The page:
Sex * Marriage * Romance * Law
Publication Year: 2011
In Lovesick Japan, Mark D. West explores an official vision of love, sex, and marriage in contemporary Japan. A comprehensive body of evidence-2,700 court opinions-describes a society characterized by a presupposed absence of physical and emotional intimacy, affection, and personal connections. In compelling, poignant, and sometimes horrifying court cases, West finds that Japanese judges frequently opine on whether a person is in love, what other emotions a person is feeling, and whether those emotions are appropriate for the situation.
Sometimes judges' views about love, sex, and marriage emerge from their presentation of the facts of cases. Among the recurring elements are abortions forced by men, compensated dating, late-life divorces, termination fees to end affairs, sexless couples, Valentine's Day heartbreak, "soapland" bath-brothels, and home-wrecking hostesses.
Sometimes the judges' analysis, decisions, and commentary are as revealing as the facts. Sex in the cases is a choice among private "normal" sex, which is male-dominated, conservative, dispassionate, or nonexistent; commercial sex, which caters to every fetish but is said to lead to rape, murder, and general social depravity; and a hybrid of the two, which commodifies private sexual relationships. Marriage is contractual; judges express the ideal of love in marriage and proclaim its importance, but virtually no one in the court cases achieves it. Love usually appears as a tragic, overwhelming emotion associated with jealousy, suffering, heartache, and death.
Published by: Cornell University Press
Title Page, Copyright
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I can thank other people more publicly. For helpful conversations and comments on the manuscript, I thank Yuri Fukazawa, John Haley, Don Herzog, Atsushi Kinami, David Leheny (my spectacular referee), Y. A. Lin, Alison MacKeen, Kevin McVeigh, Curtis Milhaupt...
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To protect the privacy of the litigants, courts often use pseudonyms or generic labels like “plaintiff ” and “defendant” instead of party names. Unless otherwise stated, if the court or case reporter uses the real name of a party, I use it. If not, to keep the players straight and to preserve some...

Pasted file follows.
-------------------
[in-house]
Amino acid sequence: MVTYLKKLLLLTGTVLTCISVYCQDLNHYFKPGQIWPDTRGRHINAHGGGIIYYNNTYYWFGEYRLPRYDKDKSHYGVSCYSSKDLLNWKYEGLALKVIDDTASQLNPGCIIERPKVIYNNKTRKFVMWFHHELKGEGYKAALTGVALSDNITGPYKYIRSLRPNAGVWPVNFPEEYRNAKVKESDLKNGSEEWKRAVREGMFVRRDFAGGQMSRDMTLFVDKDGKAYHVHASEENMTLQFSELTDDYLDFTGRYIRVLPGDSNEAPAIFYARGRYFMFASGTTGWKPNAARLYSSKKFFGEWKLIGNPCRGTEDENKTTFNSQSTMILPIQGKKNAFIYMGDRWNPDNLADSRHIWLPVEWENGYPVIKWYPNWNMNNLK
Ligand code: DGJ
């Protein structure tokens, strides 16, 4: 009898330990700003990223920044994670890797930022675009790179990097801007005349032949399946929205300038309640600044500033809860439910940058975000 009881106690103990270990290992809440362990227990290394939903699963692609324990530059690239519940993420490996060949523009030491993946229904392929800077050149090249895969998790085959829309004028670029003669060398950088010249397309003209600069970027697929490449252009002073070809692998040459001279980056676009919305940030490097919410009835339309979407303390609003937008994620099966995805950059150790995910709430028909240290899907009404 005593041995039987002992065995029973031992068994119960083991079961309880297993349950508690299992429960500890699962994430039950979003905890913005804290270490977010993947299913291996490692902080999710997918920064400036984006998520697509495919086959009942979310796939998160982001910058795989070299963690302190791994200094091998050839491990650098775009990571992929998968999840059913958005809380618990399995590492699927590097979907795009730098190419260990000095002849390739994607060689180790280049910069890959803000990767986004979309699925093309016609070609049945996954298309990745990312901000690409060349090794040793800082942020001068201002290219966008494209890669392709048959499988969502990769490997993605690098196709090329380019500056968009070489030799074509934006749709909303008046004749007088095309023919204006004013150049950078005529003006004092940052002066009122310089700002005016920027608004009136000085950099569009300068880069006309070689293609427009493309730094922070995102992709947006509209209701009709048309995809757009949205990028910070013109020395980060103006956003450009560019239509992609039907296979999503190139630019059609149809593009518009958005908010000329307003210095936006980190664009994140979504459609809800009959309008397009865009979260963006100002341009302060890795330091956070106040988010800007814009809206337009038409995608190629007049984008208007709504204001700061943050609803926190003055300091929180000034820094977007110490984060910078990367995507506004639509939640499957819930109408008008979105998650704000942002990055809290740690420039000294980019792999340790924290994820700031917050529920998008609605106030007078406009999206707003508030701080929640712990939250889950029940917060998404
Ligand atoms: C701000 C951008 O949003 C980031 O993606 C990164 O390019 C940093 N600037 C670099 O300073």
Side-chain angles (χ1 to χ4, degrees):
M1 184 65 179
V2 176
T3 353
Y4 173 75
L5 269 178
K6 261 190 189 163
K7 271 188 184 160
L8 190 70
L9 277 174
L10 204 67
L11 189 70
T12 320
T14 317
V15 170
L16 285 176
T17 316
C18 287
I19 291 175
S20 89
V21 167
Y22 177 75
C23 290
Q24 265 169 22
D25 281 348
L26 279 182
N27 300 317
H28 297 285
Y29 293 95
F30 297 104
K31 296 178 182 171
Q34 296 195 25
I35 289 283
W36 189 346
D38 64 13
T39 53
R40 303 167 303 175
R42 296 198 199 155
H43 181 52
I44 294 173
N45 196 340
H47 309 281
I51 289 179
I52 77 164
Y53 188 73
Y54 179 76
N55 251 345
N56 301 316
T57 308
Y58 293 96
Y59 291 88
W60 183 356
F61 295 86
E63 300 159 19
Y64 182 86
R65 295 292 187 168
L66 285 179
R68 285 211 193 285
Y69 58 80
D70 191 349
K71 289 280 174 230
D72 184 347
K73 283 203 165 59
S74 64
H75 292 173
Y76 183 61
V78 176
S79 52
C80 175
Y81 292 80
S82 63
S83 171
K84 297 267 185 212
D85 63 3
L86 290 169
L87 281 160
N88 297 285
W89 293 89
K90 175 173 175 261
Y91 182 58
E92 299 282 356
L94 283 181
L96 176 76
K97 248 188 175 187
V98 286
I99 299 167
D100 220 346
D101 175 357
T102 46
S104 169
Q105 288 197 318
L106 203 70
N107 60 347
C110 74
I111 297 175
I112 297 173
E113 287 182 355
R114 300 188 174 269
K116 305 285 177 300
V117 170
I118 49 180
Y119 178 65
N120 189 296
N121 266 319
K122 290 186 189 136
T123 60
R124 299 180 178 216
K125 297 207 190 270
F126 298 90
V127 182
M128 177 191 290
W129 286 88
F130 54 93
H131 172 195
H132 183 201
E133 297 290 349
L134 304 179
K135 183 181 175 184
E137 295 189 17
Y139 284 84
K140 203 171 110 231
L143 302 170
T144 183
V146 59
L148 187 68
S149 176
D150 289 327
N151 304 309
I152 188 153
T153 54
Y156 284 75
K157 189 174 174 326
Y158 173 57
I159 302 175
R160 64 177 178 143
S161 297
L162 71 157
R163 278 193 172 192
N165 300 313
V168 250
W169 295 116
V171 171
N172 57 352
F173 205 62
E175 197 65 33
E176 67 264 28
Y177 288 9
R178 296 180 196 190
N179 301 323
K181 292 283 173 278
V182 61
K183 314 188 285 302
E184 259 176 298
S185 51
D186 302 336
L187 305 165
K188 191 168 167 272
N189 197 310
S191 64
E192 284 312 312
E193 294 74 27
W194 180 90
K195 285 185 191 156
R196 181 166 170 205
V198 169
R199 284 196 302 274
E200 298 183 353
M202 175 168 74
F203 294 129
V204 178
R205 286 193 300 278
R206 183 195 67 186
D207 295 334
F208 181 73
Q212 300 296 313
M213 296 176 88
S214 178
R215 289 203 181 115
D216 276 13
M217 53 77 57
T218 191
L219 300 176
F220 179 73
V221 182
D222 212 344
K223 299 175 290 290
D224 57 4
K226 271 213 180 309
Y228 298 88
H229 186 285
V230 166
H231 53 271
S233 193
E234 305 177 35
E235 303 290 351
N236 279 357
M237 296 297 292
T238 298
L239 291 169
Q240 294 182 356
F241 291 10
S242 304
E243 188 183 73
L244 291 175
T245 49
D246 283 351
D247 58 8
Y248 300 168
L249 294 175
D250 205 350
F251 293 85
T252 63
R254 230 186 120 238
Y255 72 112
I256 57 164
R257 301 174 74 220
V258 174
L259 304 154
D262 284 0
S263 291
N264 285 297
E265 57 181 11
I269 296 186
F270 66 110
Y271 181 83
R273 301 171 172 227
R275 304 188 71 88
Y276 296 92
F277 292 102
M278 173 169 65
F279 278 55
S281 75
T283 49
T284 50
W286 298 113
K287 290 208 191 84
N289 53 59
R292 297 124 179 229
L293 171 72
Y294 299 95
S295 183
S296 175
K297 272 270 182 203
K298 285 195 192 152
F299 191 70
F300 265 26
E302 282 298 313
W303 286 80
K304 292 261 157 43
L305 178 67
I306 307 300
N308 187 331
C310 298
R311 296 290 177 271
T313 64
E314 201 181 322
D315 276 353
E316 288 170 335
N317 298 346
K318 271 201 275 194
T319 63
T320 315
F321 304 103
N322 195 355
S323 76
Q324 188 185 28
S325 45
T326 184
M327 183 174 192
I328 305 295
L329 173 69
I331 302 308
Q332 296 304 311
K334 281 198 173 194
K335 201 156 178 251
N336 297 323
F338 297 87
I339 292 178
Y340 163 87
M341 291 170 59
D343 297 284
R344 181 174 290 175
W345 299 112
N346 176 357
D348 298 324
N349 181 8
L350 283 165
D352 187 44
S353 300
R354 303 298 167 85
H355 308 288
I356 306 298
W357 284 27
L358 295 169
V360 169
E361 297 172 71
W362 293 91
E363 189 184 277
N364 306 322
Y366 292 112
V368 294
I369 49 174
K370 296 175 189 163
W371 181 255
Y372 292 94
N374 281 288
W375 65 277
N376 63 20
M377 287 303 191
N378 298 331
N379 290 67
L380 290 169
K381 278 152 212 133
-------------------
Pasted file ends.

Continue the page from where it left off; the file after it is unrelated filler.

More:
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In 1999, a man was prosecuted for committing “obscene acts” with two girls, eight and eleven years old.1 The Shizuoka District Court judge in the case based his written description of the facts in part on the statement of Haruko, the eleven-year-old:...
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Japanese judges and U.S. judges have little in common. Judges in the United States function in an unorganized hodgepodge of federal, state, and local systems; New York State alone has judges in more than 1,250 town and village courts. Some judges are elected, some are appointed, and most...
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Love abounds in Japan. Japan’s popular prime-time soap operas are often about love and obstacles to obtaining it. The music and film industries thrive on love songs and romantic comedies. Stores sell out of cakes and candy on Christmas Eve, Valentine’s Day, and White Day, days said to...
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How do people in Japan reach the tragic state of love? How do they meet, and how do they enter into marriage or other long-term relationships? And what happens to the seemingly unsustainable love as presented by the courts as the years go by?...
4. Private Sex
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Hitoshi and Hanako began their arranged marriage in September 1987; it was the second marriage for each. They divorced nine months later. Hitoshi filed suit against Hanako and her mother. According to the court’s recitation of Hitoshi’s complaint:...
5. Commodified Sex
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A delivery health (deriheru) service is a legal business in which women are dispatched to meet men in their homes or hotels for any sexual activity except intercourse. The following 2002 case involved one of those establishments. The defendant shop owner told his store manager, who was...
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In immediate postwar Japan, fewer than one out of ten marriages ended in divorce. Divorce gradually became both more accepted and more common.1 In the 2000s, four out of ten Japanese marriages end in divorce, a figure neither unusually high nor unusually low among developed countries.2...
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In April 1992, Mitsutaka moved home to work in a university hospital, and his relationship with Yuriko and their daughter Matsue improved. Yuriko wanted to move to a house, and they did so. Yuriko became pregnant again, and the couple had a son in February 1993—eleven months...
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Page Count: 272
Publication Year: 2011